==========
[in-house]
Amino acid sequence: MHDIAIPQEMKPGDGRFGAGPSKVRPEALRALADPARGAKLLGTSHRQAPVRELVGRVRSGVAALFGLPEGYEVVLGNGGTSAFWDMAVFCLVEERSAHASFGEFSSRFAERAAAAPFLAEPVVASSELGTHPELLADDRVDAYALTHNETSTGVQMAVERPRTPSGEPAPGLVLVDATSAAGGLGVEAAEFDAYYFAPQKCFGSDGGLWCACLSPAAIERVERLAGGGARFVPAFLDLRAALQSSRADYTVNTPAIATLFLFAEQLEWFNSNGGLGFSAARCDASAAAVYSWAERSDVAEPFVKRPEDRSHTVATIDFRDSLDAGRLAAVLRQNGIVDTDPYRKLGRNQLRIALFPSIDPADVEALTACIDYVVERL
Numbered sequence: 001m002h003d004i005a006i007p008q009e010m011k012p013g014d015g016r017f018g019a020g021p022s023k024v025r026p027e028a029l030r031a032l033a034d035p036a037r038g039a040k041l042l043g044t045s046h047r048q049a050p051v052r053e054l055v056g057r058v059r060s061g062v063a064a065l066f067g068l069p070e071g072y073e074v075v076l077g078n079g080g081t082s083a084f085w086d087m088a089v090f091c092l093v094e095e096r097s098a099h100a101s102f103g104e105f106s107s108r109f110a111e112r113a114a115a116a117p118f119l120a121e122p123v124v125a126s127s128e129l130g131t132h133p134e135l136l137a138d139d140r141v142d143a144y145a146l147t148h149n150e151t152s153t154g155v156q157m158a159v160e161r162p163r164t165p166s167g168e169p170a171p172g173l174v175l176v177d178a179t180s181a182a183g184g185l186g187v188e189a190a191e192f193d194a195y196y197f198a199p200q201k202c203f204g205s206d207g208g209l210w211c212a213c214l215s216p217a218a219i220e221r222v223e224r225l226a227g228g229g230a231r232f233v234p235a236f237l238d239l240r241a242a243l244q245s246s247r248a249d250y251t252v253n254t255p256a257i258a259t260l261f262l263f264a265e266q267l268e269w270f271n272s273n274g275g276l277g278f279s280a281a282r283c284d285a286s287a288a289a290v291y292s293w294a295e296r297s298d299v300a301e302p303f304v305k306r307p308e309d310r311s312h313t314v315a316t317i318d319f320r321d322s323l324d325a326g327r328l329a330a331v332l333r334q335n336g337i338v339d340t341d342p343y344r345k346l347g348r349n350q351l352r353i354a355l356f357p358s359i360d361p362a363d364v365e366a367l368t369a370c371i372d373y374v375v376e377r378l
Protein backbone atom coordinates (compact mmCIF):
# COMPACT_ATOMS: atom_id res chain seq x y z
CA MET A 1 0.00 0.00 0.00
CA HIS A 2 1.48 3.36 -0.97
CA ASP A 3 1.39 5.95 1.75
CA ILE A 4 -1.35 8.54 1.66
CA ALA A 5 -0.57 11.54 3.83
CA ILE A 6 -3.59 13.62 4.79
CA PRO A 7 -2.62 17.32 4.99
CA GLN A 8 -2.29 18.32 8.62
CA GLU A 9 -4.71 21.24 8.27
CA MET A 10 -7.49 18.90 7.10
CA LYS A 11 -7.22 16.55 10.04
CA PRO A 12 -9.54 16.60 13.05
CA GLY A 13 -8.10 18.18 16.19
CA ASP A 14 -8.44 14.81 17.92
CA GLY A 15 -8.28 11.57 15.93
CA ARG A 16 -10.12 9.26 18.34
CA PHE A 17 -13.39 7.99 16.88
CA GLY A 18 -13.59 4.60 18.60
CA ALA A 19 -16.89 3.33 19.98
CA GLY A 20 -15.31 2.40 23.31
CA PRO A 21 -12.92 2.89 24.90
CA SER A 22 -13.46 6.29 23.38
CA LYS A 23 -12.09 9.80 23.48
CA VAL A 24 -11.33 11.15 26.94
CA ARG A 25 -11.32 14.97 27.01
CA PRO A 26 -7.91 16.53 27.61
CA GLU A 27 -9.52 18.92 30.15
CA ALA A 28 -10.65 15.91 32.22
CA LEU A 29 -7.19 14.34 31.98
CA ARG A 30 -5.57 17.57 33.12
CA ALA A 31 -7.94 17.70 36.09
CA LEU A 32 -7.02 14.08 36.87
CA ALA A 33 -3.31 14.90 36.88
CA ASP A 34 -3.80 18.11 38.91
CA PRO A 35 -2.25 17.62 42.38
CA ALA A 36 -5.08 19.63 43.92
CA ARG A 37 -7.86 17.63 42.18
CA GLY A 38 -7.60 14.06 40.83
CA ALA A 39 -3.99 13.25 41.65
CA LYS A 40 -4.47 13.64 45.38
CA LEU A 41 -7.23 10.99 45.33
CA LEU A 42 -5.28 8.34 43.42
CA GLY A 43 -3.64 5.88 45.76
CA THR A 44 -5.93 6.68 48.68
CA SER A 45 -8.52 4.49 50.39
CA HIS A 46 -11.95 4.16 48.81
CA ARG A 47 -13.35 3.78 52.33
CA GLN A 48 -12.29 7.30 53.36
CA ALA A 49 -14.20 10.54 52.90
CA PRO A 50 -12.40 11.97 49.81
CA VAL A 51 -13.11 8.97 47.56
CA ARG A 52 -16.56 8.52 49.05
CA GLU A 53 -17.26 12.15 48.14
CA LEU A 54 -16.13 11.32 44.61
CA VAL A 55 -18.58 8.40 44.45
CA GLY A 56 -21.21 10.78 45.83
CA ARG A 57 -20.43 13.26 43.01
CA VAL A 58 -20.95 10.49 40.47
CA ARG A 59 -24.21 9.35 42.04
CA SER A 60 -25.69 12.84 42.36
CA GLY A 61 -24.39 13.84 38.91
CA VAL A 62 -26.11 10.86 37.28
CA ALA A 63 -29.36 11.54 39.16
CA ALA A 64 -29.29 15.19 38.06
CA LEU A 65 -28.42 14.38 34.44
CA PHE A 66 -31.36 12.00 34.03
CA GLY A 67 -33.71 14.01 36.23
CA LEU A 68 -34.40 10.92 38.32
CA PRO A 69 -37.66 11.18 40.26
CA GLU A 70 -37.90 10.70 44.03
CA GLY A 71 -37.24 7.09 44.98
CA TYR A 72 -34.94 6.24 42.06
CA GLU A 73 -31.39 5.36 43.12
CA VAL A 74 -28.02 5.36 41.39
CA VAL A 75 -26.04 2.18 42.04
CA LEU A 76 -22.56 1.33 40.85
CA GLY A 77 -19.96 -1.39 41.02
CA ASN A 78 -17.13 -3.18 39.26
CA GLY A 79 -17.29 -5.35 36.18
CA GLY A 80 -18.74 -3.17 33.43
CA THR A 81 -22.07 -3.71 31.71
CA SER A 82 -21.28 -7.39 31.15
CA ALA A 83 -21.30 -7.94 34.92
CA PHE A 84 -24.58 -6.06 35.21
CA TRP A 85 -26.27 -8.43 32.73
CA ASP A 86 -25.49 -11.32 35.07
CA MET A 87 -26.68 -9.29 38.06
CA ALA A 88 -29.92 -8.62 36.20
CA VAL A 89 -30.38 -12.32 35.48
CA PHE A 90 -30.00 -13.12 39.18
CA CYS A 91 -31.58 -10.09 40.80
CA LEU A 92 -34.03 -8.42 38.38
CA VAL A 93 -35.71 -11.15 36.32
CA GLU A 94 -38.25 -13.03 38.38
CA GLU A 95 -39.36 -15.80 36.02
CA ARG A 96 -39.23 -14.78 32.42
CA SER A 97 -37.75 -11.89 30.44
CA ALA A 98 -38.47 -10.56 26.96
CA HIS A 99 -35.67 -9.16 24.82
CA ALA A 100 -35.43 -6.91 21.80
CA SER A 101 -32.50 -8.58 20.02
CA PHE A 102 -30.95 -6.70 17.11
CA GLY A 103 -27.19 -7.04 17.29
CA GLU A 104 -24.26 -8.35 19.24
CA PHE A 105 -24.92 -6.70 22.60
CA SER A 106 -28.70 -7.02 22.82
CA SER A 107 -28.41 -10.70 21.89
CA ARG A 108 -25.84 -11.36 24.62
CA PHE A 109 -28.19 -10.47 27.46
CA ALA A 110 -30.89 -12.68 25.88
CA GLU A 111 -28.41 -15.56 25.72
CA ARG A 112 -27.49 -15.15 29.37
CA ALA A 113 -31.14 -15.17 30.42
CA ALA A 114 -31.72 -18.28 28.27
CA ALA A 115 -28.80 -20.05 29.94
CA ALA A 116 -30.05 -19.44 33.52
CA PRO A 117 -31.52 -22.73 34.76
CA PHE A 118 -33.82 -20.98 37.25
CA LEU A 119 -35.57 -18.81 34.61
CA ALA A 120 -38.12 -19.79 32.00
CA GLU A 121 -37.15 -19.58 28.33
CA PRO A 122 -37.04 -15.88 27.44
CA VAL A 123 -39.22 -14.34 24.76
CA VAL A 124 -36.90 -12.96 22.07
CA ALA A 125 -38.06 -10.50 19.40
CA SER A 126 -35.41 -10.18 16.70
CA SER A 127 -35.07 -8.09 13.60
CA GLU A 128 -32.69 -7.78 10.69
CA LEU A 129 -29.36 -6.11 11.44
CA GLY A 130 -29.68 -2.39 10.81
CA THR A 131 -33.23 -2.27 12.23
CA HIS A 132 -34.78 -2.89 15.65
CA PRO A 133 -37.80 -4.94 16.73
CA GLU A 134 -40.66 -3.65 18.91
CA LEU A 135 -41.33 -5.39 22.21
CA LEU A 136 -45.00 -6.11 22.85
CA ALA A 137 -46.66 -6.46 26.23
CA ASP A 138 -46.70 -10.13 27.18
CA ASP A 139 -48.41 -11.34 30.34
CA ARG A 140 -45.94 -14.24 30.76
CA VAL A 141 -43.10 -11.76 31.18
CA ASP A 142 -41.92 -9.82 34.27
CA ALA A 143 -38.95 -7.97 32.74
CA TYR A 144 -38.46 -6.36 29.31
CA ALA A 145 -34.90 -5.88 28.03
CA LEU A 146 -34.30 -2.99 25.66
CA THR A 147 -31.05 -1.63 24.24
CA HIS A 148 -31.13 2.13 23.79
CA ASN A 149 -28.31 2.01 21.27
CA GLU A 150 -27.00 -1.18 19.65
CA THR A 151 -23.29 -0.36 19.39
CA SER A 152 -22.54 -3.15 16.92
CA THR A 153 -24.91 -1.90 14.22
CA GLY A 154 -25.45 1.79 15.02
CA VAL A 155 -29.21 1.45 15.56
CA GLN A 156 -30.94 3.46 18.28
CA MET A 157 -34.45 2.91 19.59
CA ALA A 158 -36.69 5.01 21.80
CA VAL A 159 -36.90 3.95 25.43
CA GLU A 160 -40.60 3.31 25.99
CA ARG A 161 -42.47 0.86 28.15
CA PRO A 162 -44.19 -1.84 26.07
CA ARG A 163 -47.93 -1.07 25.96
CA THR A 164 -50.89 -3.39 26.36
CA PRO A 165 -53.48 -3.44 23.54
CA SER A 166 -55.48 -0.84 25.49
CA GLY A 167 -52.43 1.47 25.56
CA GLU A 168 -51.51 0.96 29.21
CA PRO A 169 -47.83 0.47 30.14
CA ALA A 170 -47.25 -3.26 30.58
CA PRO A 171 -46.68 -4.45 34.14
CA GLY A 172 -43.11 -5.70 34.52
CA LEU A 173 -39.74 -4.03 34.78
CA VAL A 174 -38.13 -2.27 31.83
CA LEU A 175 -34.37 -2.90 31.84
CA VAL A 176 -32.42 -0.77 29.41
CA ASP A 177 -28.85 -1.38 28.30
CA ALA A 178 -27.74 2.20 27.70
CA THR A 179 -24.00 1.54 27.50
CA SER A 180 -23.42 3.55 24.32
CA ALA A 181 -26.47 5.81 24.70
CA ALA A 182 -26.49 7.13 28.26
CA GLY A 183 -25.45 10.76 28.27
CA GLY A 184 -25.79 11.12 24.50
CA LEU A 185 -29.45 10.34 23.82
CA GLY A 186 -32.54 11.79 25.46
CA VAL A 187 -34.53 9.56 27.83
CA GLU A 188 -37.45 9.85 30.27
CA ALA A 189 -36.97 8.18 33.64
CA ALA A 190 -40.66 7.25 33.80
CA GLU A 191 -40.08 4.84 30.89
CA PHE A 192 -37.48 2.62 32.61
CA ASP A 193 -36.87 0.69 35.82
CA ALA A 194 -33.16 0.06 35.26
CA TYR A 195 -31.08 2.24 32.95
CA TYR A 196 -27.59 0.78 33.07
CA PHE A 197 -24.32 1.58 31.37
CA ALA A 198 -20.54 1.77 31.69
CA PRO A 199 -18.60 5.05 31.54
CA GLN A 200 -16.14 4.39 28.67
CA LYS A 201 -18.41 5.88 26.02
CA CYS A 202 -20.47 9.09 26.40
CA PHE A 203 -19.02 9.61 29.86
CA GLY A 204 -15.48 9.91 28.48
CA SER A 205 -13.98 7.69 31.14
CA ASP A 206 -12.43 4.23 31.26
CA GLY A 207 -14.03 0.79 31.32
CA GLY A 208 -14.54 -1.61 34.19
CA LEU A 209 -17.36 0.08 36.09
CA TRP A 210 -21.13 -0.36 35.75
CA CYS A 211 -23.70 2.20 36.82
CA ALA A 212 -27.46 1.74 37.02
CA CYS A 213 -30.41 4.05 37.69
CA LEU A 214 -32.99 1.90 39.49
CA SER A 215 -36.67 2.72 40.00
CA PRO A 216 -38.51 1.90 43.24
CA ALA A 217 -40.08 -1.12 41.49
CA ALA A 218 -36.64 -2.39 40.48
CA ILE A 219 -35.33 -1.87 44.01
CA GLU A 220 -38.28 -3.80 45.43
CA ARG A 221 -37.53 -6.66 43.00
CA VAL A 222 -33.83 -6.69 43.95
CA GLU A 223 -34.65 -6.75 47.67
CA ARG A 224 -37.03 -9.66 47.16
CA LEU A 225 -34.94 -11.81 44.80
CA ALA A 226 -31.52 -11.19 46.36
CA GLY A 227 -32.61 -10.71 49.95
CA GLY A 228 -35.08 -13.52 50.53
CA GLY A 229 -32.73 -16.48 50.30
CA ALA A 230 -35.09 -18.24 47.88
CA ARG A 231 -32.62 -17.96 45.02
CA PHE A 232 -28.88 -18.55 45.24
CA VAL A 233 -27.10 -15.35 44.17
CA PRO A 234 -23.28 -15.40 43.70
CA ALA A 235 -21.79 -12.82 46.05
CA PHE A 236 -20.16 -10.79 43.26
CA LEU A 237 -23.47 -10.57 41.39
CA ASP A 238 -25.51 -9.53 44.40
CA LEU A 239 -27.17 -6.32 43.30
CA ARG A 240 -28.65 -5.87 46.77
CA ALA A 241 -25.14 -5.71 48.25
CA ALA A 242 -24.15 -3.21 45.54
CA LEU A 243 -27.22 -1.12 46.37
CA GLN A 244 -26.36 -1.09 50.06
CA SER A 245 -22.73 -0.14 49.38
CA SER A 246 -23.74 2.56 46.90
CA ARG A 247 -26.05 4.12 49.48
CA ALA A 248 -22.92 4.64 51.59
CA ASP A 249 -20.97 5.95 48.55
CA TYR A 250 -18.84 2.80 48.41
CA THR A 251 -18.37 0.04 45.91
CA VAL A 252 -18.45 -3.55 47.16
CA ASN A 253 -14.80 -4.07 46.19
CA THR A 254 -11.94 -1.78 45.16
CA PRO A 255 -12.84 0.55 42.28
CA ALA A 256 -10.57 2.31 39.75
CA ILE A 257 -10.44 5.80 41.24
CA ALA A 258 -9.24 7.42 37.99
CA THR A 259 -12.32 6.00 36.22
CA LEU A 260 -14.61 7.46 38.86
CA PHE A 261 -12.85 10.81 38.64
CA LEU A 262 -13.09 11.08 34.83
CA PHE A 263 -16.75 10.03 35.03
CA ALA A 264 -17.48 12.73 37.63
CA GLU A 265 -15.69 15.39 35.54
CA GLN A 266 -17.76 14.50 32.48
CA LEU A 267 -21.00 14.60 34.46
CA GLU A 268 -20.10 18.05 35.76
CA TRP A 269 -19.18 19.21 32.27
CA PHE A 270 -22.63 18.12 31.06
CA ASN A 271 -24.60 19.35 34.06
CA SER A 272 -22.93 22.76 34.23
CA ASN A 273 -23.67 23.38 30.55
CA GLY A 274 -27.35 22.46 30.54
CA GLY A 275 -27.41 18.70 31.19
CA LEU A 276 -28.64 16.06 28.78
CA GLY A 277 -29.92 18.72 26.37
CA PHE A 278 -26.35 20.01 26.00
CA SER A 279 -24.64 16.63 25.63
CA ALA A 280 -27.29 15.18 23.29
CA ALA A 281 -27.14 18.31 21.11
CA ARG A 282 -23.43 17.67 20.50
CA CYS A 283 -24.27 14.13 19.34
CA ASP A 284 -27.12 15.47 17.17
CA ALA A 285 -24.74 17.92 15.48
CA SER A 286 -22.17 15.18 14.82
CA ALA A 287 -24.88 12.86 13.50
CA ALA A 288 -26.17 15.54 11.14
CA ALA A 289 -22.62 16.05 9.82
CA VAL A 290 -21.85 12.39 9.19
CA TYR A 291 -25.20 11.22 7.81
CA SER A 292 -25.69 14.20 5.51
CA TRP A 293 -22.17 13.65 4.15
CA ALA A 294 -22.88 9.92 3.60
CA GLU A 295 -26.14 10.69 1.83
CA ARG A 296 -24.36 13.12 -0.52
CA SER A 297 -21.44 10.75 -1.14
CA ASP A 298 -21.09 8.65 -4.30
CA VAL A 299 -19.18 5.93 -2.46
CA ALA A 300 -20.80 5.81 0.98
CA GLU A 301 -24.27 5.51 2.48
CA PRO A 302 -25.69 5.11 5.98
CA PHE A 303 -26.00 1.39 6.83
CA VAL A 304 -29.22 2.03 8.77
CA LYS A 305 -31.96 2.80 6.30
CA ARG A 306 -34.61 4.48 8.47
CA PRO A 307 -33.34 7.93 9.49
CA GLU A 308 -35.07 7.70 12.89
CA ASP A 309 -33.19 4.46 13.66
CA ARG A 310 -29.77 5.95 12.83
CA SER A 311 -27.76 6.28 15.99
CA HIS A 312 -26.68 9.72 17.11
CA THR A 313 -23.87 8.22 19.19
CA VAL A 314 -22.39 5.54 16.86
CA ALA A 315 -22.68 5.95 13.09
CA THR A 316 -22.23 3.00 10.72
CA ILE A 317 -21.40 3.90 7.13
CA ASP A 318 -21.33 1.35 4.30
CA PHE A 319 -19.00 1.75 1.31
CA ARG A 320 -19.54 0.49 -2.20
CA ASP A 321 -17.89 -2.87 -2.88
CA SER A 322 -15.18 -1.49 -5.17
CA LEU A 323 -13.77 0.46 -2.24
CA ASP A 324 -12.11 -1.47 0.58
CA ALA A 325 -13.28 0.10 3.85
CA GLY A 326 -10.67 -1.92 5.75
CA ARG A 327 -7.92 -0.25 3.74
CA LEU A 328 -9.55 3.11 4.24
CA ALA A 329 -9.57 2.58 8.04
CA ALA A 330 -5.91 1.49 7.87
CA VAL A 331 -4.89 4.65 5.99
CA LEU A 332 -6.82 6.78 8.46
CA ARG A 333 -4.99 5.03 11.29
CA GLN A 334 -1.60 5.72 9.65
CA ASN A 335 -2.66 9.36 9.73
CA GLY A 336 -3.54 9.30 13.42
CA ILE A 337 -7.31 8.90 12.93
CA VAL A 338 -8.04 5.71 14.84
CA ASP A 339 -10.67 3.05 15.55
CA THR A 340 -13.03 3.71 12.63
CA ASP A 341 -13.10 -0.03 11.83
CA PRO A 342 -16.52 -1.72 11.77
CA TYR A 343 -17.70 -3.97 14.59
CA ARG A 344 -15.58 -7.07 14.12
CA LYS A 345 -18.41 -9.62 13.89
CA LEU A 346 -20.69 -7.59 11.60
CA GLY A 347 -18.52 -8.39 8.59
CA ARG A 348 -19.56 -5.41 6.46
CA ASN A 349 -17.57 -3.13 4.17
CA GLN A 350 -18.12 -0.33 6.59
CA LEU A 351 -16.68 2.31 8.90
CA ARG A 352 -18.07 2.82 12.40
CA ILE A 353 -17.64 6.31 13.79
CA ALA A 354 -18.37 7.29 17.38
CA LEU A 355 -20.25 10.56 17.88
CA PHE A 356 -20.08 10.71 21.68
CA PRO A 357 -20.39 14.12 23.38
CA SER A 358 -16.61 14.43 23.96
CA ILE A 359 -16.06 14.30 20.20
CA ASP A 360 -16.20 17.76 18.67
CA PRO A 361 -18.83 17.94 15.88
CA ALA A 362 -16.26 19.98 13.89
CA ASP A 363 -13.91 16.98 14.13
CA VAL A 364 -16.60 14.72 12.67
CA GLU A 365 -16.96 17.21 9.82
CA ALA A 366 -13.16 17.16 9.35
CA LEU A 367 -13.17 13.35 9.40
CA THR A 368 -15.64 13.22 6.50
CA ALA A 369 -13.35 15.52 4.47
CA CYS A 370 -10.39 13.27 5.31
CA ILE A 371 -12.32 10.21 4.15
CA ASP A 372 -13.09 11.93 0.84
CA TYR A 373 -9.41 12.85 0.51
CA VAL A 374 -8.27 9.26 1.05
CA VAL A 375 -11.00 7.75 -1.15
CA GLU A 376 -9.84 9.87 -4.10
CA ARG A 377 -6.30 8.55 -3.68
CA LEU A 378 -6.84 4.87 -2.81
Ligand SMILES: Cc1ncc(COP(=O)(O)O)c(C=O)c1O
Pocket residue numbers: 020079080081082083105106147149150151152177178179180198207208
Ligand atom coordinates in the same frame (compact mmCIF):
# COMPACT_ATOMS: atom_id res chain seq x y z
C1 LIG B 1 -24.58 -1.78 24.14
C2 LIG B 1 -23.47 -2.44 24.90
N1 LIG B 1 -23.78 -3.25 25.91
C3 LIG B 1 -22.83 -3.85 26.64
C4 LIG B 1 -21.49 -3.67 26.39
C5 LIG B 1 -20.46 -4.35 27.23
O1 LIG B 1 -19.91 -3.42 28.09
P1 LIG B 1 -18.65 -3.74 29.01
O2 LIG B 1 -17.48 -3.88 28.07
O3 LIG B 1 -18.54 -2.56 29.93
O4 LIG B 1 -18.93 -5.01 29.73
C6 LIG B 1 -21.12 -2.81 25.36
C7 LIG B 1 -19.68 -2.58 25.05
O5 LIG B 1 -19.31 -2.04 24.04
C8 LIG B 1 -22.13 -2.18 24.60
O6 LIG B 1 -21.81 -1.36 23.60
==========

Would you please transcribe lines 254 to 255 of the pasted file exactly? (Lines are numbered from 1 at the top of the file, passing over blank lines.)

CA ASP A 249 -20.97 5.95 48.55
CA TYR A 250 -18.84 2.80 48.41